Class Description

Just because the software is complex doesn’t mean digitizing your artwork is complicated. Work done by hand can easily be used in digital projects with the help of a basic scanner, the right software, and a few easy steps. Laura and James Victore will show you how it’s done in How to Digitize Hand-Drawn Art.

Laura and James both have distinguished careers as artists and educators and in this class they’ll break down the process and practice of digitizing your work into easy-to-follow steps. You’ll learn techniques for:

  • Turning the analog into digital using Photoshop and Illustrator
  • Adding handmade elements to graphic design projects
  • Pairing fonts with hand-drawn typography
  • Retouching your handmade work so it keeps its character

Laura and James will demonstrate the complete process for uploading to Photoshop and Illustrator and offer troubleshooting tips that will make the entire process less daunting and more fun.

Don’t avoid the computer! Learn how to turn the work you make by hand into a digital asset in How to Digitize Hand-Drawn Art.

Reviews

Melville McLean
 

It is a mixed report. There should be a thumb neither up or down rating. James Victore is a talented, with a big, as in New York metropolitan area big, bold, self-promoting personality who presents a persona that defies conventions and hates rules. That is all fine although I have never worked with or met a designer who has his attitude towards fonts before. Let me warn others studying design that you might not like that attitude. But everything in his world sounds passionate, impulsive and experimental. I think it is a good thing to be introduced to someone who seeks out working outside the box and embracing the counter intuitive. In short he is an artist who relies on the exciting and chaotic flux of inspiration to happens to design for a living. His left, hand-drawn letters are an expression of that, making words into art. He says he primarily wants emotional responses and people to react like they would to poetry. If you are a little more familiar with New Yorkers and the business you will also recognize all of this as his pitch. It is entertaining. And this course is a performance. His wife Laura is his muse. But this approach will not suit a lot of students here. We are not potential customers hearing a pitch. We are here for educational reasons, mostly practical reasons although he is definitely an inspirational force. And IMO, there are limits to teaching when the instructor is incapable of taking a step back and being objective too. Moreover, he and his wife offer the least of any teachers on CreativeLive that I have seen in terms of sharing in-depth skills and knowledge. In fact, some members of this class knew more than they did and it was the class that answered many questions that the instructors did not know. Laura in particular who was using the software shared with us that she "is not a Photoshop professional." That is an understatement. It can be tedious watching their trial and error approach. Moreover, neither one could explain the difference or use between JPEG, PDF and PSD files. Yikes and double yikes! They send them out to clients in what sounded like an arbitrarily arrived decision. The class was surprised to also discover that neither knew the distinction between kerning and tracking. Worse is that questions like this, the most simple, fundamental ones seemed to catch them both off guard so they were not prepared with an answer--which astonished me. Furthermore, any discussion of resolution was incoherent. They knew bigger was better so they let others decide for them later. Right. Well maybe they can take a few classes here to learn all of these simple fundamentals before teaching their next class because this was unfair to those who turned in as well as those who bought the class. Incredibly, they were ill prepared to teach this course. The class was very loosely organized, often somewhat chaotic and disappointing a lot of the time. I read that James has taught for 30 years. It makes little sense to me. And not everyone will appreciate his novel approach which apparently has not been sufficient to give his wife what she needs to use, let alone teach Photoshop. If you are here to learn specifics to augment your skills and knowledge, this is probably not the best choice you can make. You might prefer Erica Gamet and Jason Hoppe for Illustrator and anyone else you can find on CreativeLive for Photoshop If you want to see two folks make numerous errors, rely upon heuristics, demonstrate they do not understand or seem to even have any curiosity about what is behind their technical decisions and yet still manage to pul off a a fine looking finished product in the end, then this is for you. You also might be inspired by their passion, enthusiasm and maverick approach seen here. What they share is their process, warts and all but they are creative dynamic duo. I liked them but accept that this is a different kind of course than you usually se here. It all depends upon what you are looking for.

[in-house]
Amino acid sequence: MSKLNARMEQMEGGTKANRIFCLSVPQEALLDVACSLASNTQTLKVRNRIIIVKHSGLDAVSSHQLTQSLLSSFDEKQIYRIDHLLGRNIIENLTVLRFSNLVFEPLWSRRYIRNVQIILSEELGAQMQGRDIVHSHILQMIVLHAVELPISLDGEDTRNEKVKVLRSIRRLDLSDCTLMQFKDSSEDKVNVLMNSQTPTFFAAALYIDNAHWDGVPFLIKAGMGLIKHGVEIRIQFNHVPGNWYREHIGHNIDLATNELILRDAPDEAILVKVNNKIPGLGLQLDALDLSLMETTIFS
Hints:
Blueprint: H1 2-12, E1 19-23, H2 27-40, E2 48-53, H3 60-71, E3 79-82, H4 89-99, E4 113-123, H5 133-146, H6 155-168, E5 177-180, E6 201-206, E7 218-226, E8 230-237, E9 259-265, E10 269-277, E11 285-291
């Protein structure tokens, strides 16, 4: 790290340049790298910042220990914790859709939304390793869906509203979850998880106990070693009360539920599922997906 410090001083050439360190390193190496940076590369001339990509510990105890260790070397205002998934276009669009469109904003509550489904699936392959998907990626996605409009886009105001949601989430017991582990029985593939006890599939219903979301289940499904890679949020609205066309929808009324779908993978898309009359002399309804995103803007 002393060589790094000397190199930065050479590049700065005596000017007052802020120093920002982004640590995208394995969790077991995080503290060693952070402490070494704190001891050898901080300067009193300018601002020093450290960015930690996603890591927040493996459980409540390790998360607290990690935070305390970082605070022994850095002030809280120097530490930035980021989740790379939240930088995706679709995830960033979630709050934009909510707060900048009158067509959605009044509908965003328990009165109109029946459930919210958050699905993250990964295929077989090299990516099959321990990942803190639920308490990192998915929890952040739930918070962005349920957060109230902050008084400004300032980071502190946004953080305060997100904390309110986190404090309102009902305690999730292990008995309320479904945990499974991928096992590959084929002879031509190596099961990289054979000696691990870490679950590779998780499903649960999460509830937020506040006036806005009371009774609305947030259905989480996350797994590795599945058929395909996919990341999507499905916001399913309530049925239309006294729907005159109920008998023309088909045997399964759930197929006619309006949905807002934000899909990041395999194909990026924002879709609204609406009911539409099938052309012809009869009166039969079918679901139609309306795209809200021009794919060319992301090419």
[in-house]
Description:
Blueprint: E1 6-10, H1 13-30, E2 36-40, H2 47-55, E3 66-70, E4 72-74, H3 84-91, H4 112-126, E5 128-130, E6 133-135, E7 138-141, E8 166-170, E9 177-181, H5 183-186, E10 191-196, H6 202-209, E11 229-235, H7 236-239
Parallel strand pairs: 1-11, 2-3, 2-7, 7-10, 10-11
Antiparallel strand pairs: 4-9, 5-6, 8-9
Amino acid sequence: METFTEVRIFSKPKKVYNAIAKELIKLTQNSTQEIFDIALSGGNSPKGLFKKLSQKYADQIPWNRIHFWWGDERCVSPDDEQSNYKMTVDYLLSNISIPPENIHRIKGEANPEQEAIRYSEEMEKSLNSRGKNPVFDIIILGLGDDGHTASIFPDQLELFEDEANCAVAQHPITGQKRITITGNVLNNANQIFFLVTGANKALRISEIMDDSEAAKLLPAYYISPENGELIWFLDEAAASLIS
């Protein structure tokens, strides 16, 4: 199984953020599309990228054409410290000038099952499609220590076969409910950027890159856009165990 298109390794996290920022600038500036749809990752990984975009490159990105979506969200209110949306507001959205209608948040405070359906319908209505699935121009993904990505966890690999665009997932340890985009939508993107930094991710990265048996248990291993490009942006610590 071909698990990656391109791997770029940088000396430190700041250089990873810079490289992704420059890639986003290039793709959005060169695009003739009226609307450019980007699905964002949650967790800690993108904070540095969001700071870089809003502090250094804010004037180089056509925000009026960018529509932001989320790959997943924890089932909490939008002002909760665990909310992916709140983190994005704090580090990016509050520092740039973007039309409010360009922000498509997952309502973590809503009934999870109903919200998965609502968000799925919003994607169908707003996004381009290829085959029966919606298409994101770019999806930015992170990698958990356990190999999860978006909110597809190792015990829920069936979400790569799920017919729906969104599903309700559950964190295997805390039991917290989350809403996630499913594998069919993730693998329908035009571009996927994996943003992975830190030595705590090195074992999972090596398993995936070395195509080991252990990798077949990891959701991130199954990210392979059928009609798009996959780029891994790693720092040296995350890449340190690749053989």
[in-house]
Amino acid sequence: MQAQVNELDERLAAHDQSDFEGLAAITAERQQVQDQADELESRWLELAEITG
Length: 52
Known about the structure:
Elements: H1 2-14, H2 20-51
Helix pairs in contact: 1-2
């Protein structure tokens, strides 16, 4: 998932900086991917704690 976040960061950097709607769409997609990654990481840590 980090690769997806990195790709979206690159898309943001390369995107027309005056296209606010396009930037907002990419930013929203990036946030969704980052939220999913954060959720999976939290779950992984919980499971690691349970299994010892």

Mary Thomas
 

I too am glad I can watch this for free before purchasing. It is unfortunate that the teachers do not have the skills to teach. They have great talent in what they are doing artfully, but teaching what you know is an art in itself. The time of the students is valuable and in my opinion this is totally a time waster. Sorry, but this gets a thumbs down here.